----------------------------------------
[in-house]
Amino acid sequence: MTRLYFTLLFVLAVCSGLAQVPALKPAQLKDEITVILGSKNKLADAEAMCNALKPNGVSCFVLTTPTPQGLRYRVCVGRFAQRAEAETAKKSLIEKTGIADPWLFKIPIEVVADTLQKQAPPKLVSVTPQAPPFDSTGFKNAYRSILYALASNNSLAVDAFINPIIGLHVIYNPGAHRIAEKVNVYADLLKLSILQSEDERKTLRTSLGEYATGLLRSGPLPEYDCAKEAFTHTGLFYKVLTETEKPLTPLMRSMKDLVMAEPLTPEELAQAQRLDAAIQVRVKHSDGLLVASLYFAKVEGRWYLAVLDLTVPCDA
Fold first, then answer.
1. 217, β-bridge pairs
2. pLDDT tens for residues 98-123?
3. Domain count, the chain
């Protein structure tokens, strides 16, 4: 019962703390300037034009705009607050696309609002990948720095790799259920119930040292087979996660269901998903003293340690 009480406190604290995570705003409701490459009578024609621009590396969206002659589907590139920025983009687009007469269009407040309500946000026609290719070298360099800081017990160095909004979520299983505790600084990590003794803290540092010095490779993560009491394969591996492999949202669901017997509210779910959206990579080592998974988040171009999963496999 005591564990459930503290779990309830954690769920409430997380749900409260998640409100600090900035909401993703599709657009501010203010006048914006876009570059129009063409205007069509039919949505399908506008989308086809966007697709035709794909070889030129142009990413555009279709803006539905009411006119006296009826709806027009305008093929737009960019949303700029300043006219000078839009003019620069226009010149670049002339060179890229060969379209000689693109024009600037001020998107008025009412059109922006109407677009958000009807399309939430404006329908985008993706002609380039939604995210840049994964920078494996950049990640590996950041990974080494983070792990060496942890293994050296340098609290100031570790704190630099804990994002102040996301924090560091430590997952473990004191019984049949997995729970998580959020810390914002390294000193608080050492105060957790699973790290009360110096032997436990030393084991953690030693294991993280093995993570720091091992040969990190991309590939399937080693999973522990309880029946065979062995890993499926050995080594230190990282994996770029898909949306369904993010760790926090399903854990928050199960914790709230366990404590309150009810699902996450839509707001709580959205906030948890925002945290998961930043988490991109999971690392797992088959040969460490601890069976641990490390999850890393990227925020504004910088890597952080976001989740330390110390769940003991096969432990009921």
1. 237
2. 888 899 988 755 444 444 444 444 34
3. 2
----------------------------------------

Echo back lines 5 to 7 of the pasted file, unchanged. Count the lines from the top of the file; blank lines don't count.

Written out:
2. pLDDT tens for residues 98-123?
3. Domain count, the chain
């Protein structure tokens, strides 16, 4: 019962703390300037034009705009607050696309609002990948720095790799259920119930040292087979996660269901998903003293340690 009480406190604290995570705003409701490459009578024609621009590396969206002659589907590139920025983009687009007469269009407040309500946000026609290719070298360099800081017990160095909004979520299983505790600084990590003794803290540092010095490779993560009491394969591996492999949202669901017997509210779910959206990579080592998974988040171009999963496999 005591564990459930503290779990309830954690769920409430997380749900409260998640409100600090900035909401993703599709657009501010203010006048914006876009570059129009063409205007069509039919949505399908506008989308086809966007697709035709794909070889030129142009990413555009279709803006539905009411006119006296009826709806027009305008093929737009960019949303700029300043006219000078839009003019620069226009010149670049002339060179890229060969379209000689693109024009600037001020998107008025009412059109922006109407677009958000009807399309939430404006329908985008993706002609380039939604995210840049994964920078494996950049990640590996950041990974080494983070792990060496942890293994050296340098609290100031570790704190630099804990994002102040996301924090560091430590997952473990004191019984049949997995729970998580959020810390914002390294000193608080050492105060957790699973790290009360110096032997436990030393084991953690030693294991993280093995993570720091091992040969990190991309590939399937080693999973522990309880029946065979062995890993499926050995080594230190990282994996770029898909949306369904993010760790926090399903854990928050199960914790709230366990404590309150009810699902996450839509707001709580959205906030948890925002945290998961930043988490991109999971690392797992088959040969460490601890069976641990490390999850890393990227925020504004910088890597952080976001989740330390110390769940003991096969432990009921």